Water and electricity don't mix.
Flooding is the most common natural disaster in the United States, and it strikes our service area frequently. We work closely with local emergency officials and civil defense departments to monitor the latest information on flood stages and ensure the safety of our employees and the public.
Flooding can occur during any season and in any U.S. state or territory. It’s particularly important to be prepared for flooding if you live in a low-lying area near a body of water, such as a river, stream or culvert; along a coast; or downstream from a dam or levee.
Flooding can occur slowly, as rain continues to fall for many days, or it can happen very quickly. Flash floods develop with little or no warning. Strong winds from a tropical cyclone or hurricane can also create storm surges in coastal regions.
In some cases, rising water levels in our service territory will require us to disconnect electrical service in certain areas as a public safety precaution. Service also must be disconnected any time water enters a dwelling or when water levels approach a structure’s electrical system. In such cases, we’ll provide regular updates to our customers through the many available communication channels. (Learn how you can stay in touch with us.)
Flooding can occur slowly, as rain continues to fall for many days, or it can happen very quickly.
Preparing for Flooding
- Have a family emergency plan and a kit of basic supplies. It’s one of the best ways to be prepared for any type of severe weather.
- Know your flood risk. Find out if you live, work or travel through areas prone to flooding. Based on what you learn, familiarize yourself with evacuation routes and assess the need for flood insurance.
- If you own a generator, review the instructions. Be prepared to operate it according to the manufacturer’s guidelines. (Learn more about generator safety.)
- Particularly if you are considering evacuation, remove all food from freezers and refrigerators. Bring in outdoor furniture, and move important items to a higher elevation if possible. Shut off the electricity by locating your electrical circuit box. For your safety, always shut off all the individual circuits before shutting off the main circuit.
- Stay away from downed lines. If you see a downed line, keep your distance and call 1-800-9OUTAGE to report it.
- Avoid areas of debris, as downed and energized power lines may not be visible.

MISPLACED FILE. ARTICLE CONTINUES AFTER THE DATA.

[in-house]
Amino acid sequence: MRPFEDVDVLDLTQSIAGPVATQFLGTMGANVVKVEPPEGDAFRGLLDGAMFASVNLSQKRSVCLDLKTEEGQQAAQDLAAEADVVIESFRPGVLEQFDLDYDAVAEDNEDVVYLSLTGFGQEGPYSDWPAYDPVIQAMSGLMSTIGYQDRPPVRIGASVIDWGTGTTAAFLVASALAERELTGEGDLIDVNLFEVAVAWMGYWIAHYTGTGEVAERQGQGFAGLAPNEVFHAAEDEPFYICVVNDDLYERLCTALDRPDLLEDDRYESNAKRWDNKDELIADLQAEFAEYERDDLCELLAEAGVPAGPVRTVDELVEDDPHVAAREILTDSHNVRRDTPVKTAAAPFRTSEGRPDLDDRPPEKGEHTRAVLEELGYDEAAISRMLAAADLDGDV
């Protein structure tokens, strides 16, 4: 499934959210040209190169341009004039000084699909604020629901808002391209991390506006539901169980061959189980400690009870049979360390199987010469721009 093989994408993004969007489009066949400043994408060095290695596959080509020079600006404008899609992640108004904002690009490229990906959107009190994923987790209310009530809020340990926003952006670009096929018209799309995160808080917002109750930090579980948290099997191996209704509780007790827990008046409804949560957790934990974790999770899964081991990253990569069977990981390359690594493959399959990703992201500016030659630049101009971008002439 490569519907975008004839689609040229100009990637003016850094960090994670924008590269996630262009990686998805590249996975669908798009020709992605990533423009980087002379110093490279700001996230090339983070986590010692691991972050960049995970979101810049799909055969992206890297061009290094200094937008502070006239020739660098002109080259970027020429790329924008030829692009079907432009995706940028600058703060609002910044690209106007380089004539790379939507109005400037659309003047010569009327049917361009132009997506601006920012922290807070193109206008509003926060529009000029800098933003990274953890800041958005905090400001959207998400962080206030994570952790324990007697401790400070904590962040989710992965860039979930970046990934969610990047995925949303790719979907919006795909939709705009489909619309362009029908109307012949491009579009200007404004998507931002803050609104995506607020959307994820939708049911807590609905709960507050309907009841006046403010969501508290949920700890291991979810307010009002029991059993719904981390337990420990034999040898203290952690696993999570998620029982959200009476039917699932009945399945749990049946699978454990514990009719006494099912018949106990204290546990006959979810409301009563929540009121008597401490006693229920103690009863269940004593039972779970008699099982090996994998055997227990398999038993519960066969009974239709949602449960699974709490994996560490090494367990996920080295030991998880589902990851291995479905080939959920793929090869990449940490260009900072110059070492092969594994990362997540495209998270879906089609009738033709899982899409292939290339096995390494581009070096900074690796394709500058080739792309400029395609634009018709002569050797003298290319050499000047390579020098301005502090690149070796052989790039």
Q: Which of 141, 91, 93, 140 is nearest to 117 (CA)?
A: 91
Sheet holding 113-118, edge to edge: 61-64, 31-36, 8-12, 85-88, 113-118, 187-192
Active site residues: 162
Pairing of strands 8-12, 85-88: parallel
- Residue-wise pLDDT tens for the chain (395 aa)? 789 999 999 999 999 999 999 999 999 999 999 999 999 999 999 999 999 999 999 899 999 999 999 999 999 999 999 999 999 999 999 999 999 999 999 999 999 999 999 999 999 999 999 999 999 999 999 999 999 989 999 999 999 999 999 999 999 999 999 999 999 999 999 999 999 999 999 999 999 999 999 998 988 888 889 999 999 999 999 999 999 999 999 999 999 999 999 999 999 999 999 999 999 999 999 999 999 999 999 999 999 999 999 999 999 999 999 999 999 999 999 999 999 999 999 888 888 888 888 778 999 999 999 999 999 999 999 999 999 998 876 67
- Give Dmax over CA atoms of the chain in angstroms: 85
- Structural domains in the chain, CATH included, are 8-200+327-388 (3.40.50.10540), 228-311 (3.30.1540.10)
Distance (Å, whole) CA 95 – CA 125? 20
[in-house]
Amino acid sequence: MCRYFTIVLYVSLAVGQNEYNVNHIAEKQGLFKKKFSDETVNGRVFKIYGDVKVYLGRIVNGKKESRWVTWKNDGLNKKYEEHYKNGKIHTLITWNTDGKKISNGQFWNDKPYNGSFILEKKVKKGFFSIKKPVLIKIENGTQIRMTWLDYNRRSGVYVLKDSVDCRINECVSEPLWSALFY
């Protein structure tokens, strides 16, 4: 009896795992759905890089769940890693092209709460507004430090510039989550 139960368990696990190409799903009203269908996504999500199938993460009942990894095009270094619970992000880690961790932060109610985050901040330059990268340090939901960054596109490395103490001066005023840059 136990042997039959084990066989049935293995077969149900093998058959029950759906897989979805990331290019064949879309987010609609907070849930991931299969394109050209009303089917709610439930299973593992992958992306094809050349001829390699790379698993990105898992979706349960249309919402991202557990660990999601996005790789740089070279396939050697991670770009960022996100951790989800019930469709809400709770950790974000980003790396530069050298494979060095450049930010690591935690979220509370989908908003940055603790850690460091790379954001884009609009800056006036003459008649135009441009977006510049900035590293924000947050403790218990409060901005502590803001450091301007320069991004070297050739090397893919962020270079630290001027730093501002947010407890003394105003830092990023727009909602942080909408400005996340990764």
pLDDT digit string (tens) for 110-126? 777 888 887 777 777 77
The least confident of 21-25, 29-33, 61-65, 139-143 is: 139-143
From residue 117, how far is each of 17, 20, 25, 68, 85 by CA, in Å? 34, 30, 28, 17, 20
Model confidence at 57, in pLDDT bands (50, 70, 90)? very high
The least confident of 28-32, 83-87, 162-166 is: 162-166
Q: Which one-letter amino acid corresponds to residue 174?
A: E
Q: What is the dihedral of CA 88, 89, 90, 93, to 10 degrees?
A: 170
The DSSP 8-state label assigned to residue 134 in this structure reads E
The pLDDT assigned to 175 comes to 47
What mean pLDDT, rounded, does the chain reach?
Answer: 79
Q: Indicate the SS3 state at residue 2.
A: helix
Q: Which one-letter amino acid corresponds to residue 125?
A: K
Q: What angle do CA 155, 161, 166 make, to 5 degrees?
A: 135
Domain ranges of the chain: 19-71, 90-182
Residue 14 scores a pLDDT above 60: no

- Don’t walk or drive through flood waters. Just six inches of moving water can knock you down, and one foot of water can sweep your vehicle away. In addition, water may be electrified from nearby downed lines.
- Use extreme caution when navigating boats in flooded areas around power lines to ensure boats and their occupants don’t come into contact with energized lines.
When You Return Home
- Return home only when authorities say it’s safe.
- Drive only on roads the authorities have declared passable. Water is powerful. Roads and bridges may have been weakened or washed out during the flood.
- Remember, your house may have serious damage. Only enter if safe to do so.
- If your home flooded during the storm, you may need to take special actions before electric service can be restored. Learn more in this quick video.
- Use a flashlight to check for damage around your home. Never use candles, matches or other open flame.
- Check to see that the electric, gas and water services are not damaged. Have licensed professionals check gas, water and electrical lines and appliances for damage. If you find or suspect damaged gas or power lines, call us at 1-800-9OUTAGE to report them.
- Use tap water for drinking and cooking only when local officials say it is safe to do so.
For more information, consult the Federal Emergency Management Agency's How to Prepare for a Flood.
Terms to Know
Watches inform of possible flooding. If you are in a watch area, check flood action plans, keep informed and be ready to act if a warning is issued or you see flooding.
FLOOD/FLASH FLOOD WARNING:
A flood/flash flood warning is issued for specific communities, streams or areas where flooding is imminent or in progress. Persons in the warning area should take precautions immediately. Be prepared to move to higher ground on short notice.
Sources: FEMA, U.S. Department of Homeland Security